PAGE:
In South Asia, the Middle East and North Africa.
Earlier this year we described our work with partner IpsosMORI for the British Council to support them as they meet the growing demand for evidence of the effectiveness and value of their work.
Since then, we have travelled to three geographic regions (South Asia, the Middle East and North Africa; and in the UK working with colleagues from wider Europe) delivering six training courses, to 138 participants from over 15 countries and with it, we hope, lots of good ‘stuff’; and there is more to come. We have heard about varied, complex projects and programmes from small crafts initiatives to large-scale, multi-country and often innovative programmes many of which address multiple issues in conflict-affected areas. British Council programmes may have several funders (FCO, DfID and local governments), who sometimes want to know about the contribution of their specific funds to change adding layers to unpick when examining effectiveness and value. Talking about evidence and evaluation is rarely simple and in the British Council context, raises interesting questions.
As evaluation specialists, we know that describing our outputs is not enough to tell the full story and must ask the ‘so what’ question of our work too! In order to understand the relevance and impact of the training, we asked participants (on a daily basis as well as at the end of the course), Regional Evaluation Advisors and facilitators to provide systematic feedback which can contribute to refining and ensuring the content meets the needs of people delivering programmes, often also commissioning and managing evaluations.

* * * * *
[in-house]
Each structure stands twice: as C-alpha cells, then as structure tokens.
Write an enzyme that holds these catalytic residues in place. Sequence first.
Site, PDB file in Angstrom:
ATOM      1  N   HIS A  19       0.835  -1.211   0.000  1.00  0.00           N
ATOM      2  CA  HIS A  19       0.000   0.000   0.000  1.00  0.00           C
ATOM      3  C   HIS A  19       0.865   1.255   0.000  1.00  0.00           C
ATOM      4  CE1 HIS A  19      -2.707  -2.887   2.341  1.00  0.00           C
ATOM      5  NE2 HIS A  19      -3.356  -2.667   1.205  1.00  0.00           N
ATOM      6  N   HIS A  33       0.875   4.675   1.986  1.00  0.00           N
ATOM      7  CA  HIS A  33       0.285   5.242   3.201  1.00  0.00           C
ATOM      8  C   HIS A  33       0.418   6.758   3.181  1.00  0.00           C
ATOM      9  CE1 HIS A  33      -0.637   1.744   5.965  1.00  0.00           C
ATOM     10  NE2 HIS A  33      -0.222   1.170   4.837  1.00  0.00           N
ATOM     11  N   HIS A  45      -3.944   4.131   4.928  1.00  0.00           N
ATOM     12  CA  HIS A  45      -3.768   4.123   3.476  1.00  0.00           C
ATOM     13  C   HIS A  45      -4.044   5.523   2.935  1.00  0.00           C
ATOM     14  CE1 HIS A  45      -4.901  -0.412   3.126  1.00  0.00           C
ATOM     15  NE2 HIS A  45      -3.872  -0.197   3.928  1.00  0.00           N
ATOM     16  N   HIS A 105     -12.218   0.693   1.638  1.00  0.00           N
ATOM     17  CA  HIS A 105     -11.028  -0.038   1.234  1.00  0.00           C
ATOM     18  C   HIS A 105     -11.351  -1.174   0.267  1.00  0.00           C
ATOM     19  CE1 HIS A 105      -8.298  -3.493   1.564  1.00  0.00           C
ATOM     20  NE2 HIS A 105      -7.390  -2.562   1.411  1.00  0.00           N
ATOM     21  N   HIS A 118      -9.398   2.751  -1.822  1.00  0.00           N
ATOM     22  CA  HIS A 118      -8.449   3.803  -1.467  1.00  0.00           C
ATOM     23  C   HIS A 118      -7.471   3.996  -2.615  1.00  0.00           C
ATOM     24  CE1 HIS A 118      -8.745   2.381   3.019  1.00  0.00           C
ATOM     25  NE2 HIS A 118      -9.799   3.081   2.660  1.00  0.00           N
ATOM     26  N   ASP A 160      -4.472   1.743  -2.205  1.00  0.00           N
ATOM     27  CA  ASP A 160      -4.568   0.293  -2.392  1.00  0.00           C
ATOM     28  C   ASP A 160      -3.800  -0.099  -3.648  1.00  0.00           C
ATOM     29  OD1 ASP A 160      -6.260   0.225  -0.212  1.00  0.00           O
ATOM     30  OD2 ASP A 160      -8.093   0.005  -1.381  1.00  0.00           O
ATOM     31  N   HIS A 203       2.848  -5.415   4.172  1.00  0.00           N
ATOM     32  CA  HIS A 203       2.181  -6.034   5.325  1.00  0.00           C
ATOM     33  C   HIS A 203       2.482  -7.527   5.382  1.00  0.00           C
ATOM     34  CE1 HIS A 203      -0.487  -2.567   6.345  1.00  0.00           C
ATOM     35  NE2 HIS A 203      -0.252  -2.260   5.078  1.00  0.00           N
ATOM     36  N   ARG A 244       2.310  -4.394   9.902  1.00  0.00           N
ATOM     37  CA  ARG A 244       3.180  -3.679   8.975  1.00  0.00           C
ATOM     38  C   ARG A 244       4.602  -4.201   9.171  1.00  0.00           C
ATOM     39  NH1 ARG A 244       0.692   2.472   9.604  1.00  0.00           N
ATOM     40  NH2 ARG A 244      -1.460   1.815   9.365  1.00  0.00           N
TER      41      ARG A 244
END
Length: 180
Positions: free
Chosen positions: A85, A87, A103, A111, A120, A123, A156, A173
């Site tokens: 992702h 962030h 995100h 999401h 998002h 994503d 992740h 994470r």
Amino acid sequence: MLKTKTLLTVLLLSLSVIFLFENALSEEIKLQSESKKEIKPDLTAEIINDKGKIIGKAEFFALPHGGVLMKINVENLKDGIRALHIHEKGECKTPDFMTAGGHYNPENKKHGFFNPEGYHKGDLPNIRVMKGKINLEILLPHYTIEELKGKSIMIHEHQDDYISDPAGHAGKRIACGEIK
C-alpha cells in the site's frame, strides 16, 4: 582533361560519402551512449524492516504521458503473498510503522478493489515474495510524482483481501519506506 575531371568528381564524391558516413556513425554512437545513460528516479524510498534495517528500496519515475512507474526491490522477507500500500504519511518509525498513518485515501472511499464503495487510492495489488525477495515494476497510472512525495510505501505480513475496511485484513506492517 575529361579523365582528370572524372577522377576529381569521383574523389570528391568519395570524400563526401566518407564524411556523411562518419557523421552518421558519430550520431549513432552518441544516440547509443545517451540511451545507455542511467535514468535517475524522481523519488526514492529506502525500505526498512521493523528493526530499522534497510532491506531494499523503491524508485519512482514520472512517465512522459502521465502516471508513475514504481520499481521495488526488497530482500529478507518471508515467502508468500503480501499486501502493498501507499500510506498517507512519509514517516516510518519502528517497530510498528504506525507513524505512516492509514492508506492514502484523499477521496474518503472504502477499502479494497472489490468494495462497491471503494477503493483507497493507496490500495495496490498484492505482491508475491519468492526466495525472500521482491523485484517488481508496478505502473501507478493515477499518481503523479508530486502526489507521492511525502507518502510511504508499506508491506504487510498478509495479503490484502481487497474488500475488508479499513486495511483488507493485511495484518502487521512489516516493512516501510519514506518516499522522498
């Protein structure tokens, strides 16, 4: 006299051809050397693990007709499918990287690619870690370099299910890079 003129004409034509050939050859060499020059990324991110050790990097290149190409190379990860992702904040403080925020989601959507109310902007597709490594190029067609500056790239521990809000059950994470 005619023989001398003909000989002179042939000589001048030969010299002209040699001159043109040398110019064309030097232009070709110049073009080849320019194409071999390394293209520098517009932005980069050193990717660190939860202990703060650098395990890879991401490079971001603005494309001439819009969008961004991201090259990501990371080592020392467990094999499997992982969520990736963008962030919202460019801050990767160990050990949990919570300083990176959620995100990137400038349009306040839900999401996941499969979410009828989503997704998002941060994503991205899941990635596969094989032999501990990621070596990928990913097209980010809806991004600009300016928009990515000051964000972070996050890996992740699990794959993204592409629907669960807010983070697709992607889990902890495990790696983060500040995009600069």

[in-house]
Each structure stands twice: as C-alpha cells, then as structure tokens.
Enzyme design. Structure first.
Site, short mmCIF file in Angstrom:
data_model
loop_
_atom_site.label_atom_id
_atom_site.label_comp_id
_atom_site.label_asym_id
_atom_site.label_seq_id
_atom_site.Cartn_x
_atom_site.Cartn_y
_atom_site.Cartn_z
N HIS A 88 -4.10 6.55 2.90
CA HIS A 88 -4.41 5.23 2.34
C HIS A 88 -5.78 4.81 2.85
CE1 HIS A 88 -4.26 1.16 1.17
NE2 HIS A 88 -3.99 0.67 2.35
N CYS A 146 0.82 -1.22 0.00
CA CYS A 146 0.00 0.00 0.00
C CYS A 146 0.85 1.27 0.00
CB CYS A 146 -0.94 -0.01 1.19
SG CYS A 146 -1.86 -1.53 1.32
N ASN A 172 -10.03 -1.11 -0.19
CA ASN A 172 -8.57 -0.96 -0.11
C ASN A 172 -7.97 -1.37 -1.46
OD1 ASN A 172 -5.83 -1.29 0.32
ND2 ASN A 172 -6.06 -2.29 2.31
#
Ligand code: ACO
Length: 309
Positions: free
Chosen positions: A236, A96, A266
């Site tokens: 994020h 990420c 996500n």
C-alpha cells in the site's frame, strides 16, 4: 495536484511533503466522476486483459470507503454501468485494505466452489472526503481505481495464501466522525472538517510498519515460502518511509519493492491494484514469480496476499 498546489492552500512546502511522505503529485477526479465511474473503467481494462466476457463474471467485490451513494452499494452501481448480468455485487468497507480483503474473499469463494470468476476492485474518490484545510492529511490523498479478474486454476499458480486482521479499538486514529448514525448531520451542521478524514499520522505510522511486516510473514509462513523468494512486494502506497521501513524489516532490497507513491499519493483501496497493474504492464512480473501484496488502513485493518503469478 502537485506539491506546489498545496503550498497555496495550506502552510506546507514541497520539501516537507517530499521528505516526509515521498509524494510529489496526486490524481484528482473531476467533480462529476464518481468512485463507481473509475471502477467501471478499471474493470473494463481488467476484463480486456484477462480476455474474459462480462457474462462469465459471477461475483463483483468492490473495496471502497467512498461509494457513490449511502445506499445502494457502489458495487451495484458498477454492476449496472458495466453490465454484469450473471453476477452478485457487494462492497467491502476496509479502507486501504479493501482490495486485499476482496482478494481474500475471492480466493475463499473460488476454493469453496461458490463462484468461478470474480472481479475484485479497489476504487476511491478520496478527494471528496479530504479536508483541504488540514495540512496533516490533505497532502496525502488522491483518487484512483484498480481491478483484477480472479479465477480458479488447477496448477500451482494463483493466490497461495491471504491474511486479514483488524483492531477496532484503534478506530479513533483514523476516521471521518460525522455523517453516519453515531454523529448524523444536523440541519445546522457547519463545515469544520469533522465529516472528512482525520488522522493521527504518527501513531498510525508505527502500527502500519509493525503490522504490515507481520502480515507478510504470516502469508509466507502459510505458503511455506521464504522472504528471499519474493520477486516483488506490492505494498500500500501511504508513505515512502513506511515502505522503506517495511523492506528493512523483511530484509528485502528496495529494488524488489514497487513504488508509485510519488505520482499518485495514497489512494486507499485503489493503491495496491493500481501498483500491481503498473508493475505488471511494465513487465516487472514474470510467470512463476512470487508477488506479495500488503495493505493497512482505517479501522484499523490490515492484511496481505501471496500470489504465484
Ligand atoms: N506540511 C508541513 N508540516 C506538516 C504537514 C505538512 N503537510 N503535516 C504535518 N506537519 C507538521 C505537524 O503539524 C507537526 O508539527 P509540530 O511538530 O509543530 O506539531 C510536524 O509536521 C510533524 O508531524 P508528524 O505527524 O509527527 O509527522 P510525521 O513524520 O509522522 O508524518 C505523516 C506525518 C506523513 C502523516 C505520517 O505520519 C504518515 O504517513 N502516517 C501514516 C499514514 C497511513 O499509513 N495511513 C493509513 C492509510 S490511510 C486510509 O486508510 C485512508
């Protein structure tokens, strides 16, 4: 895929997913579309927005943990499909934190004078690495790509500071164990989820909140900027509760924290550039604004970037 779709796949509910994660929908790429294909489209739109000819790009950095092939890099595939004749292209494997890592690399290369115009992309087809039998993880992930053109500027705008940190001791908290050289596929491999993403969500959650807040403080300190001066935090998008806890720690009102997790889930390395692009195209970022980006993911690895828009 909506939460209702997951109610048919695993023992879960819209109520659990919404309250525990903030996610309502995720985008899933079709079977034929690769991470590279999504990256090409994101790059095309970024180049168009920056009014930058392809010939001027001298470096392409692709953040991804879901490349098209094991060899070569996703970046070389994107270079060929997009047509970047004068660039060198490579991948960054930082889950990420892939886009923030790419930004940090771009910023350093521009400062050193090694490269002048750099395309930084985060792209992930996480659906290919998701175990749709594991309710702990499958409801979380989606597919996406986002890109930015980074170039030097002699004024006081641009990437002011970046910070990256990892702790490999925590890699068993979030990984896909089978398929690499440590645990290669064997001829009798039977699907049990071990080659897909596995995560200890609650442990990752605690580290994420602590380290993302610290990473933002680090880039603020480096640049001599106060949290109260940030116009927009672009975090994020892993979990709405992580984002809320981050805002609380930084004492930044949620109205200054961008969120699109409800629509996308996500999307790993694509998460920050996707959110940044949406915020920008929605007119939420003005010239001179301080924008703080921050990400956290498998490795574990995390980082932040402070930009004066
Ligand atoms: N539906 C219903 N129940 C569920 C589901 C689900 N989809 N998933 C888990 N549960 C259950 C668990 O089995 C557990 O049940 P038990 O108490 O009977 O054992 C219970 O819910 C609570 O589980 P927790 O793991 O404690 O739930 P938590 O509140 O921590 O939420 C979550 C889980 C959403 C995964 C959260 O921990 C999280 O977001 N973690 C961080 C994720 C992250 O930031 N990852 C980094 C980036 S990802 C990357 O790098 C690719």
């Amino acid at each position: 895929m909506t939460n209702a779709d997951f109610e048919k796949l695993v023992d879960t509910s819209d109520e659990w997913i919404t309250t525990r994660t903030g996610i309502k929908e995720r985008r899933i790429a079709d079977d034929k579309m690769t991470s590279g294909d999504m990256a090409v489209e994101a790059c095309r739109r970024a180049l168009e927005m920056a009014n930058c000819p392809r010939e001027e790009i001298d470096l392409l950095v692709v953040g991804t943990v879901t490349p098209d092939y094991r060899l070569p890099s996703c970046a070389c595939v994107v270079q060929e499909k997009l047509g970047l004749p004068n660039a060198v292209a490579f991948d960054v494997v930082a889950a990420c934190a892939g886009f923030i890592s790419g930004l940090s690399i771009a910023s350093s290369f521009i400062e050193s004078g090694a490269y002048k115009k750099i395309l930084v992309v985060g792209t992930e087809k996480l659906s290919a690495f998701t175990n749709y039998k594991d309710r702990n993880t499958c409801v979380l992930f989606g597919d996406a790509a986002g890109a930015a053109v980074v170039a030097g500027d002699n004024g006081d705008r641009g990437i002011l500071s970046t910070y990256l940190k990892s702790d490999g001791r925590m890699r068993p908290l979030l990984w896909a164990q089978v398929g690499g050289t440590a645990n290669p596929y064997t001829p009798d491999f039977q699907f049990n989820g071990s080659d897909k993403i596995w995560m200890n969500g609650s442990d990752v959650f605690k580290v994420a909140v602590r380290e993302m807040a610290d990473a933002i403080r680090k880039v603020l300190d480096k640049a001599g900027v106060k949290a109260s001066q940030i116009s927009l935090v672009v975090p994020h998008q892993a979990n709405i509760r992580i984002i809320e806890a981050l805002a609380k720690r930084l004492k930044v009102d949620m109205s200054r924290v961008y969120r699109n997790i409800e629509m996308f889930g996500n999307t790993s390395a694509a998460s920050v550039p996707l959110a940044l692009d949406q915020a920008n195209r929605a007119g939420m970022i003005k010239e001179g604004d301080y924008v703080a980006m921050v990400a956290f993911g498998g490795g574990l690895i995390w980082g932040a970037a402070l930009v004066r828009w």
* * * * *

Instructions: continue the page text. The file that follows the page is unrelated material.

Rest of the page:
So, what do participants say they have gained so far? They described lightbulb moments of understanding the importance of having a Theory of Change in place as well as embedding evaluation in programme design (which had often been seen as an externally imposed demand); of programme intensity, scale and scope; and of identifying, if possible, causal linkages within the programme. Understanding the difference between logic models and Theory of Change and especially the importance of articulating assumptions and the ‘theory behind the Theory of Change’ were critical to how they would now review or design programmes. Providing a ‘safe space’ with a positive, constructive atmosphere; and a collaborative mix of participants was valued by many where there are few opportunities to come together. There was also considerable appetite for more in-depth training on specific subjects.
Across the board, learning about Theory of Change, carrying out evaluability assessments (is there anything to evaluate? is this the right time?) and constructing Terms of Reference in order to commission and hopefully receive high-quality evaluations were the three critical take-aways. The intention was never to create evaluators but to offer an opportunity to develop programme designs which may well then lead to useful and useable evaluations. So far, so good.
The training concludes early autumn and soon after, we will be asking the next of our ‘so what’ questions. What did participants do post-training in relation to cascading evaluation core concepts, embedding evaluation-thinking in programmes and generating evidence to help them and the British Council understand their impact?
For more information please contact Georgie Parry-Crooke, Principal Researcher/ Consultant, Tavistock Institute of Human Relations.